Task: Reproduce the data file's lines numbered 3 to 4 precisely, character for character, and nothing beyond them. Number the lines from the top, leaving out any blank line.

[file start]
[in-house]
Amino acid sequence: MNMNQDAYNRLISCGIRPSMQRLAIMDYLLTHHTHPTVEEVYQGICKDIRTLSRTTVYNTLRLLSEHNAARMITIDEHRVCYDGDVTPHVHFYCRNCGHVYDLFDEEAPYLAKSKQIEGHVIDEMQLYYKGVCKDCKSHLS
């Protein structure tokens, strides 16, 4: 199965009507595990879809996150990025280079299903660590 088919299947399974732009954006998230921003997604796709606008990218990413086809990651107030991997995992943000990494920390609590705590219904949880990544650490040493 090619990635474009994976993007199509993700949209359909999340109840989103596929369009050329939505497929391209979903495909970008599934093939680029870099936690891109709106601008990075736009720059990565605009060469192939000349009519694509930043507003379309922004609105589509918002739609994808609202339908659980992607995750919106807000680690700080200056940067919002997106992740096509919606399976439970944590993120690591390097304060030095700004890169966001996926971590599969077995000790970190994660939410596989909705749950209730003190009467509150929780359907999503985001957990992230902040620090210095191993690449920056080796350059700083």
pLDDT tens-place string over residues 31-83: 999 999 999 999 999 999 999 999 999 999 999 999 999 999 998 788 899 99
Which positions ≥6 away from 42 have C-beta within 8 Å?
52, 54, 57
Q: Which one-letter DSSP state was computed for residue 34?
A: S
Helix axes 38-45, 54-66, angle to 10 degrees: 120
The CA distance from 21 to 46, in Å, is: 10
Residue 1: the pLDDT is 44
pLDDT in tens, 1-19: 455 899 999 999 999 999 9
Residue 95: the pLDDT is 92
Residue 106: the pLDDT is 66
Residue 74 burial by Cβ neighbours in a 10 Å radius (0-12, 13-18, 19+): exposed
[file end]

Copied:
């Protein structure tokens, strides 16, 4: 199965009507595990879809996150990025280079299903660590 088919299947399974732009954006998230921003997604796709606008990218990413086809990651107030991997995992943000990494920390609590705590219904949880990544650490040493 090619990635474009994976993007199509993700949209359909999340109840989103596929369009050329939505497929391209979903495909970008599934093939680029870099936690891109709106601008990075736009720059990565605009060469192939000349009519694509930043507003379309922004609105589509918002739609994808609202339908659980992607995750919106807000680690700080200056940067919002997106992740096509919606399976439970944590993120690591390097304060030095700004890169966001996926971590599969077995000790970190994660939410596989909705749950209730003190009467509150929780359907999503985001957990992230902040620090210095191993690449920056080796350059700083």
pLDDT tens-place string over residues 31-83: 999 999 999 999 999 999 999 999 999 999 999 999 999 999 998 788 899 99